It’s amazing that this movie was made in 1946. It’s remarkable that the country could face such subject matter so soon following the end of World War II.
Three veterans return home to a small town from the war, and each encounters a different challenge in reentering civilian society. Al (Frederick March) can’t adjust to being a hardnosed banker. Fred (Dana Andrews) comes home to realize the wife he took before going overseas hasn’t waited for him. And Homer (Harold Russell) lost both hands in a fire, and now believes his fiance only stays with him out of pity, not love.
It’s a profound screenplay (Robert Sherwood – Oscar) brought to life by a talented director (William Wyler – Oscar) and a talented cast (March – Best Actor, Russell – Best Supporting Actor). To achieve as much realism as possible, Wyler used veterans behind the scenes as well, in props, grips, and mixing.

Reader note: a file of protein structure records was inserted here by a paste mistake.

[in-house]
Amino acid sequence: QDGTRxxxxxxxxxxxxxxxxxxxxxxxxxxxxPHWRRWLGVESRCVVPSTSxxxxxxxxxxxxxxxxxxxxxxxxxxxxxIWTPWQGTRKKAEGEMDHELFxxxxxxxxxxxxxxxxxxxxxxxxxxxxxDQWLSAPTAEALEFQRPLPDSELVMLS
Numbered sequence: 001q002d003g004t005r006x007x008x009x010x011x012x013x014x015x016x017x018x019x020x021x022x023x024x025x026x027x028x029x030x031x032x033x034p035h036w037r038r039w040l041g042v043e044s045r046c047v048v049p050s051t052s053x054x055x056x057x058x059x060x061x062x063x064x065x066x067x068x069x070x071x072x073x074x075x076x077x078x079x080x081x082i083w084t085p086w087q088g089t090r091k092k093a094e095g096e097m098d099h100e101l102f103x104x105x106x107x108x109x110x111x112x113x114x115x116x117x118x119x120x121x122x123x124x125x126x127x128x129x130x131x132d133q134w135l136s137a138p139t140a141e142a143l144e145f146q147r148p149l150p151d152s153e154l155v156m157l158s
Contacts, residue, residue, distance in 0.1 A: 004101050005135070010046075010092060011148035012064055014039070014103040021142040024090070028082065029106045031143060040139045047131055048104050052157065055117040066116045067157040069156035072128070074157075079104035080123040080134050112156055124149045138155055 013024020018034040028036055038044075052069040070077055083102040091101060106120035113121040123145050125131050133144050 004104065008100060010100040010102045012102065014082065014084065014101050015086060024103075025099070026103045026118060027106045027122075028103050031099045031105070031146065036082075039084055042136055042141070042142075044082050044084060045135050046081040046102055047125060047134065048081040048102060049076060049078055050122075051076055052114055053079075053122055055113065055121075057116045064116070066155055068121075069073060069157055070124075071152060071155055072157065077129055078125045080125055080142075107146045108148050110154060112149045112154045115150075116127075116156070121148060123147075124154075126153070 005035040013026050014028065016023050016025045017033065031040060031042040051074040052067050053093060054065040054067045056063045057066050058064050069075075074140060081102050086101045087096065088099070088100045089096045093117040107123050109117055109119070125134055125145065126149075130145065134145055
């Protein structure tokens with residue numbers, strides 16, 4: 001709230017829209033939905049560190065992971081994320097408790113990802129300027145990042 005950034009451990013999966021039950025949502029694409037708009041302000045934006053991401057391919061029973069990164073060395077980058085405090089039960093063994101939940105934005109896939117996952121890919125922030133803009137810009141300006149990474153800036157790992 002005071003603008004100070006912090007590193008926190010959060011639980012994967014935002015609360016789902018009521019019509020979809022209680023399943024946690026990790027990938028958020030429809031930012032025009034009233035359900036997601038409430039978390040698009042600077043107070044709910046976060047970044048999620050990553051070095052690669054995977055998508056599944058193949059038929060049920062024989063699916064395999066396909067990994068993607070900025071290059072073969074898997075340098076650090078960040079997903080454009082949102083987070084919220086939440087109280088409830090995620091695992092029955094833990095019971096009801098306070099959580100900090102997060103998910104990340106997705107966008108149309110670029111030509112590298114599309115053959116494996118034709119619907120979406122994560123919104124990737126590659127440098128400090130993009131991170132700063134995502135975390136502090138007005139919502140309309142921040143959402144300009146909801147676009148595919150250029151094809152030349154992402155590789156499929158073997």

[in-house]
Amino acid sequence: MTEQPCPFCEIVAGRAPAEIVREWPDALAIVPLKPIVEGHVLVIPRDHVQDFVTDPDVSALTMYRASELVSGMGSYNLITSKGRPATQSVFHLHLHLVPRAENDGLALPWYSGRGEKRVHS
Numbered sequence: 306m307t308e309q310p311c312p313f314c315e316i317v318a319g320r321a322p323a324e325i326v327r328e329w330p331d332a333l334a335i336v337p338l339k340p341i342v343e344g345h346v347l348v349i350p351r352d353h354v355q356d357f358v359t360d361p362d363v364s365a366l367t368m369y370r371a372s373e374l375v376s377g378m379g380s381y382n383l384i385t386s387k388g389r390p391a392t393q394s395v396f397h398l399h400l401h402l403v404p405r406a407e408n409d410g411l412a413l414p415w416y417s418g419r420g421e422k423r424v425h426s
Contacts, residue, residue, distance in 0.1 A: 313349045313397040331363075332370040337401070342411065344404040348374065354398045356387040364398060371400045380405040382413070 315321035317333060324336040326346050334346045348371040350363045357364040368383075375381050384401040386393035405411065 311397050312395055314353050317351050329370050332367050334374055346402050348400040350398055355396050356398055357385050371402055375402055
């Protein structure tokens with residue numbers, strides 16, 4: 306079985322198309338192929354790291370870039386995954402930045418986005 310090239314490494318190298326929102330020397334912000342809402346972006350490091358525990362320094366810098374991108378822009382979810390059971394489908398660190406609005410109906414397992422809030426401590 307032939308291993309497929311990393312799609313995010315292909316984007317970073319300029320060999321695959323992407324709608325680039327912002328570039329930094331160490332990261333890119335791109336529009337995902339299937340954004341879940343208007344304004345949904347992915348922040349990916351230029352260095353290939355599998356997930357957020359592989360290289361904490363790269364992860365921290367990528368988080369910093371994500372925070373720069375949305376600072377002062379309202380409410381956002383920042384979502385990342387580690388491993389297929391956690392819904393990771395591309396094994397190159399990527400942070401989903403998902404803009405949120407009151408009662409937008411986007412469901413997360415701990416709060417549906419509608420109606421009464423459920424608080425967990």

World War II had a definite conclusion and a signed surrender treaty. Now we fight enemies that don’t wear uniforms and don’t abide by civilized rules of war. So our wars are only over when we feel safe enough to say they are. Our soldiers come home one at a time, rather than all at once. But that doesn’t mean their adjustment problems are any less difficult than those veterans whose stories are told in this film.
That’s what the best movies do – give us timeless reminders of the human condition. And on any day – but especially on this day – this Best Picture gives us another chance to appreciate anew all those who served their country